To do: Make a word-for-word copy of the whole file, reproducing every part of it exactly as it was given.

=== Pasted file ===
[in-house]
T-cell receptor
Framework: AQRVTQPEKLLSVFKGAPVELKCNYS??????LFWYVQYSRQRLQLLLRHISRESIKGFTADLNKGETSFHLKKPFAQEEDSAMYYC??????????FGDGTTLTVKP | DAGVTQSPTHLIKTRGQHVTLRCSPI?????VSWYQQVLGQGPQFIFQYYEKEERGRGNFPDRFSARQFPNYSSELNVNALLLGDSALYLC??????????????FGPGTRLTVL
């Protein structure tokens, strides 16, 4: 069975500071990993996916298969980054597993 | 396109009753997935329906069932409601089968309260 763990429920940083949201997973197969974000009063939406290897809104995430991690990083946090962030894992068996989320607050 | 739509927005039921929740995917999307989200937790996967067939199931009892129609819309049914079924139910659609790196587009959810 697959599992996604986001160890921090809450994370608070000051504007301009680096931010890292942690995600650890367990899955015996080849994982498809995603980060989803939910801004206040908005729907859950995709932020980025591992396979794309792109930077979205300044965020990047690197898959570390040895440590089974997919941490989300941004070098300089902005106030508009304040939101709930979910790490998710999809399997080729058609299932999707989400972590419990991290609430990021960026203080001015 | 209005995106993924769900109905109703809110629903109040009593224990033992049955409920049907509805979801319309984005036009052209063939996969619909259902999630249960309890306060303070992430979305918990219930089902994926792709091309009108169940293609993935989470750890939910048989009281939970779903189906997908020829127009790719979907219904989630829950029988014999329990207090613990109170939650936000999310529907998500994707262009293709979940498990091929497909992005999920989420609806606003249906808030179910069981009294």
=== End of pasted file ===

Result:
[in-house]
T-cell receptor
Framework: AQRVTQPEKLLSVFKGAPVELKCNYS??????LFWYVQYSRQRLQLLLRHISRESIKGFTADLNKGETSFHLKKPFAQEEDSAMYYC??????????FGDGTTLTVKP | DAGVTQSPTHLIKTRGQHVTLRCSPI?????VSWYQQVLGQGPQFIFQYYEKEERGRGNFPDRFSARQFPNYSSELNVNALLLGDSALYLC??????????????FGPGTRLTVL
């Protein structure tokens, strides 16, 4: 069975500071990993996916298969980054597993 | 396109009753997935329906069932409601089968309260 763990429920940083949201997973197969974000009063939406290897809104995430991690990083946090962030894992068996989320607050 | 739509927005039921929740995917999307989200937790996967067939199931009892129609819309049914079924139910659609790196587009959810 697959599992996604986001160890921090809450994370608070000051504007301009680096931010890292942690995600650890367990899955015996080849994982498809995603980060989803939910801004206040908005729907859950995709932020980025591992396979794309792109930077979205300044965020990047690197898959570390040895440590089974997919941490989300941004070098300089902005106030508009304040939101709930979910790490998710999809399997080729058609299932999707989400972590419990991290609430990021960026203080001015 | 209005995106993924769900109905109703809110629903109040009593224990033992049955409920049907509805979801319309984005036009052209063939996969619909259902999630249960309890306060303070992430979305918990219930089902994926792709091309009108169940293609993935989470750890939910048989009281939970779903189906997908020829127009790719979907219904989630829950029988014999329990207090613990109170939650936000999310529907998500994707262009293709979940498990091929497909992005999920989420609806606003249906808030179910069981009294």